Chasing its key competitors in the race to electrify, Toyota announced Tuesday that it will bump spending on battery-electric vehicles to $35 billion by the end of the decade, by then launching 30 different BEVs on global markets.
All told, the Japanese giant expects to sell about 3.5 million all-electric vehicles annually – which would come in at just over a third of its current annual volume. That would lag behind key rivals like General Motors and Volkswagen, both of which are rapidly moving towards a point when they expect to sell only BEVs.
“It is difficult to make everyone happy with a one-size-fits-all strategy,” Toyota CEO Akio Toyoda said during a 90-minute presentation and question-and-answer session, noting that the carmaker continues to believe the best approach will be to offer a mix of BEVs and conventional, Prius-style hybrids, as well as plug-in hybrids and hydrogen fuel-cell vehicles.
Lexus Gets Fully Electrified
A number of luxury brands, including Audi, Jaguar, Cadillac, and Bentley have already announced plans to go all-electric.
During the live presentation from Japan, Toyota officials revealed 16 BEV prototypes. These included not only the Lexus RZ but three other concepts for the luxury division, including a high-performance sports coupe.
The majority of the 16 electric concepts are utility vehicles, including what appears to be a new take on the off-road-oriented FJ Cruiser. But the prototypes also included sporty sedans and coupes, as well as a battery-powered pickup that could go up against the likes of the Ford F-150 Lightning and Chevrolet Silverado EV, as well as the Tesla Cybertruck.
Where the Money Will Go
About half of the $35 billion Toyota plans to spend on EVs will go towards the development and production of batteries. Earlier this month, it announced plans to open a battery plant in North Carolina capable of providing enough cells for 1.2 million vehicles annually. That facility is expected to cost about $1.3 billion.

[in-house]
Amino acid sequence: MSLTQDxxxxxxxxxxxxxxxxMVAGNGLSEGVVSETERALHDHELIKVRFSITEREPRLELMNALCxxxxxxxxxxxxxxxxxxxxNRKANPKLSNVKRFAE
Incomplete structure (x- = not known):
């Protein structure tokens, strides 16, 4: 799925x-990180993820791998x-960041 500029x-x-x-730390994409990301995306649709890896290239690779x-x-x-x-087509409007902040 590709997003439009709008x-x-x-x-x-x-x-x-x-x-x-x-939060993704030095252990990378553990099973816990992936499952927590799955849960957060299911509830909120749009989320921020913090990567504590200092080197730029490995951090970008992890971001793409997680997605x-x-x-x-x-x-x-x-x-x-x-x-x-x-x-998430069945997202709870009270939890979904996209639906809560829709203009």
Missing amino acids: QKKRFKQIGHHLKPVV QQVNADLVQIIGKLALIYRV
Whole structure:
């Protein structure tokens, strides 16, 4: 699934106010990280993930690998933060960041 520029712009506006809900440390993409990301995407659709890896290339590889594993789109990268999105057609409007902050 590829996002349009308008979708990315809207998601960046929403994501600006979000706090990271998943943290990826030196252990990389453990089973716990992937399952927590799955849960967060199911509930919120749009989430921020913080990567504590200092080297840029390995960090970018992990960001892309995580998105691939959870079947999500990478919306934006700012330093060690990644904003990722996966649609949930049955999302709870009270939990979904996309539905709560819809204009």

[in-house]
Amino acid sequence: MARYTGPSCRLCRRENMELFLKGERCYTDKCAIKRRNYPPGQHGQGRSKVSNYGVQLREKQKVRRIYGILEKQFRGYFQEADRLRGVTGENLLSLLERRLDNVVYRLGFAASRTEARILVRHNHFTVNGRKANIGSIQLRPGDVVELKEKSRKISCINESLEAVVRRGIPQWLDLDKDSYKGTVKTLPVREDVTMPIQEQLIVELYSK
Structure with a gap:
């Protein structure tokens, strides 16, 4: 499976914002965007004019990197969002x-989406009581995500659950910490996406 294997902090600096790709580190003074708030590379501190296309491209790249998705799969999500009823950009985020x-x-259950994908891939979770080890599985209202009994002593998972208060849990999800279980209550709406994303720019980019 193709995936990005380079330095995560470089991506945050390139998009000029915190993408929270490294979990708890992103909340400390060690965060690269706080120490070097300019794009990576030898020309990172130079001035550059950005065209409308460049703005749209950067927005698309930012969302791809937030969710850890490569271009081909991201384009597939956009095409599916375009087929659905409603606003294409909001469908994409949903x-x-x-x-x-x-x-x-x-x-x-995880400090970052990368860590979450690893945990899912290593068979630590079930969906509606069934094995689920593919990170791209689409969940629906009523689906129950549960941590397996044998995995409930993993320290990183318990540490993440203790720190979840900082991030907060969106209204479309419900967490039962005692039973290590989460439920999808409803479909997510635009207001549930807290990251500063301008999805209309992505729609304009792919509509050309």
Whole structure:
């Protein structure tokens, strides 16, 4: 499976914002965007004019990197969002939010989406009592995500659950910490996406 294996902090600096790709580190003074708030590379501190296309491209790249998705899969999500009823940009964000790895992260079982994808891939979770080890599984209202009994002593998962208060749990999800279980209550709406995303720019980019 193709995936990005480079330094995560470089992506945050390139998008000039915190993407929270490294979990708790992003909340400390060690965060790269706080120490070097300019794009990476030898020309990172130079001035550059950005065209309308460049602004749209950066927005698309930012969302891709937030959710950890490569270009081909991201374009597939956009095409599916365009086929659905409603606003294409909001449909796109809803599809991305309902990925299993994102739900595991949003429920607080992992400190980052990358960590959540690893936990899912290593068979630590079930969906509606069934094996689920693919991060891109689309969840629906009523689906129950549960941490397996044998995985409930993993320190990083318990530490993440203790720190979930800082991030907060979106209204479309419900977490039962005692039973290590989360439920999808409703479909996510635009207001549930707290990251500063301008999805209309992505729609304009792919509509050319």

All told, Toyoda said the automaker will invest about $70 billion on electrification, but half of that will go towards hybrids and fuel-cell vehicles.
Toyota has been a strong proponent of hydrogen technology. It now offers the Mirai fuel-cell vehicles and is testing the technology for use in heavy-duty trucks at the Ports of Los Angeles and Long Beach.
A Skeptical CEO
Part of the problem, according to the CEO, is the lack of a global vehicle charging infrastructure. The East and West Coasts of the U.S. are ready to go all-electric, he said, but it will be more difficult to win over consumers in the Midwest where charging stations are few and far between.
Toyoda, the grandson of Toyota’s founder, has been one of the industry’s most vocal skeptics when it comes to battery-electric vehicles. A year ago, he warned that a complete shift to all-electric technology would cost jobs and sharply impact industry profitability.
From Leader to Laggard?
His position has generated sharp pushback, Danny Magill, an analyst at London think tank InfluenceMap, lamenting that the carmaker “has gone from a leading position to an industry laggard.”
Toyota’s latest BEV spending plan is roughly double the amount that its domestic rival Nissan is committing to all-electric models. Japan’s second-largest automaker, last month set an investment target of $18 billion.
But Volkswagen now has committed over $100 billion to going all-electric this decade. And General Motors CEO Mary Barra has boosted that carmaker’s commitment from $20 billion to $37 just by mid-decade. Barra has repeatedly said that GM is “on a path to an all-electric future, with at least 30 of its own long-range BEVs due to market by 2025. It plans to abandon internal combustion engines entirely by 2035.
Toyota CEO Toyoda left open the possibility that the carmaker could shift its plans to offer even more BEVs, if needed. “In this diversified and unchartered era, it is important to flexibly change the types and quantities of products produced, while keeping an eye on the market trends,” he said during the presentation.